2005-12-23 / Columnists


By Robert Snyder

Hollywood is cashing in on political incorrectness with films promoting unplanned parenthood.

“Cheaper by the Dozen” with Steve Martin raked in $138.6 million. Now in a race to beat the soon-to-be released “Cheaper by the Dozen 2” is “Yours, Mine & Ours,” a remake of the 1968 Lucille Ball-Henry Fonda classic. Unfortunately, the new “Yours” lacks not only a Lucille Ball and a Henry Fonda, but a Steve Martin.

What it has are Dennis Quaid and Rene Russo, competent but not comical actors. It also has a lot of kids. Quaid’s widower, Coast Guard Admiral Frank Beardsley, has eight, while Russo’s widow, handbag-designing earth mother Helen North, has 10 (the Fonda-Ball film had it the other way around: 10 for him, 8 for her).

Following the lead of Martin’s movie, director Raja Gosnell tries to make uptight military man Beardsley into a slapstick buffoon, slipping and sliding during a home renovation, shopping spree and sailing jaunt. Russo doesn’t even try to be funny, not attempting Ball’s famous spiked-drink drunk scene in the original film.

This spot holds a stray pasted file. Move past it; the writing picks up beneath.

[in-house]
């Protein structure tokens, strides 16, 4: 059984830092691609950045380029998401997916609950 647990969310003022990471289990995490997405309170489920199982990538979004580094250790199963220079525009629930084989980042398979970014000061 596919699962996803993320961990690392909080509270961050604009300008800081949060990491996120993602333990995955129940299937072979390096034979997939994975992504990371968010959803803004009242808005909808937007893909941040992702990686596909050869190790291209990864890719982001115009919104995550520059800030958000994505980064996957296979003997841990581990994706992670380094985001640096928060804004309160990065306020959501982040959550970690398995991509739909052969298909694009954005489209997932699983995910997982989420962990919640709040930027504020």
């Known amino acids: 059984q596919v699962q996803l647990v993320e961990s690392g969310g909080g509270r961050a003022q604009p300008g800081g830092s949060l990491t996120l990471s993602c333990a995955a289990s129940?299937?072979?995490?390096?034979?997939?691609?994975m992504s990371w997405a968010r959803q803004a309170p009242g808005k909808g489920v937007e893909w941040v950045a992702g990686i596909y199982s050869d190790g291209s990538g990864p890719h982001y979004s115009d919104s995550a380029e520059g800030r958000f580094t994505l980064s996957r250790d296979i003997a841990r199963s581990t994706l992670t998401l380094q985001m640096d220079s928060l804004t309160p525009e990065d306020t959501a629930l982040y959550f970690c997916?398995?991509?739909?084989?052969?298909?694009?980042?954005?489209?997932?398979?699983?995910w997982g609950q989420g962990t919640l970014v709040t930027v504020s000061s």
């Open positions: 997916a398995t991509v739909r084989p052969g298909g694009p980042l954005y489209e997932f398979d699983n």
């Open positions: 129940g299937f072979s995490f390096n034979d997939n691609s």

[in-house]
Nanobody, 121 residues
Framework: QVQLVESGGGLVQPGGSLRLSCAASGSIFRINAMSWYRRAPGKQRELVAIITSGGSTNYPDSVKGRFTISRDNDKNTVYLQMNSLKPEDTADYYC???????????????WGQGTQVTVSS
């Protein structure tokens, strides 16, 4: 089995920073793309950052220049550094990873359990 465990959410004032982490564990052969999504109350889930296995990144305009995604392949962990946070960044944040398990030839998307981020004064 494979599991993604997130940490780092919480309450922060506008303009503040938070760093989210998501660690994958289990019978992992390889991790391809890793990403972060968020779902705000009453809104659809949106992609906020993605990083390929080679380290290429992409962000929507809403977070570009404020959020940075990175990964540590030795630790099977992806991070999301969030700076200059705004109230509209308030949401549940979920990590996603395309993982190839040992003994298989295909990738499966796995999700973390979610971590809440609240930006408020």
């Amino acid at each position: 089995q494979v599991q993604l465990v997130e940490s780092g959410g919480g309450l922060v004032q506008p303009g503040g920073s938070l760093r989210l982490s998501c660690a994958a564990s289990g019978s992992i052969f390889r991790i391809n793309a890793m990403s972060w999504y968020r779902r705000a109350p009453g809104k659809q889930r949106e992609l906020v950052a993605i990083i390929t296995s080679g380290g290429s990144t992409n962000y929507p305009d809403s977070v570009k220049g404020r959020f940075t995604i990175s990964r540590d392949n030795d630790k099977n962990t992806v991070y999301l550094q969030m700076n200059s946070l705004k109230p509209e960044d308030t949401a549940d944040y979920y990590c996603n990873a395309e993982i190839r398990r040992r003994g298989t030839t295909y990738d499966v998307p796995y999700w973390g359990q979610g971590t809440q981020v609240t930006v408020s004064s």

The lackluster script by Ron Burch and David Kidd is based on the original, which was loosely adapted from Helen Beardsley’s  autobiographical “Who Gets the Drumstick?” While making no concession to birth control, the new “Yours” does play to political correctness by having Helen’s brood be a multi-cultural and racial mix. No, she is not promiscuous. Six of the 10 are foster children, whom she and her deceased husband adopted.

Although the break-up-the-marriage kid conspiracy is borrowed from the Ball-Fonda movie, the new “Yours” skirts over the most funny and endearing aspects of the classic: the aging couple’s courtship. In the first film, it is during her introductory dinner with the admiral’s kids that they spike her drink, but included are other scenes focused on the adults winning each other over before marriage. The updated “Yours” has the two as former high school sweethearts, who cross paths at a restaurant in the midst of separate blind dates. Love is instantly rekindled with little or no foreplay. Because Hollywood has exclusively targeted kids and teenagers in their marketing master plan, it’s no wonder that mature dating problems are swept under the rug and best left for the “Sex and the City” T.V. crowd.

Those wishing for some unplanned parenthood family entertainment should either wait for upcoming “Cheaper 2” or rent the 1968 “Yours, Mine and Ours” on DVD and  have a ball.

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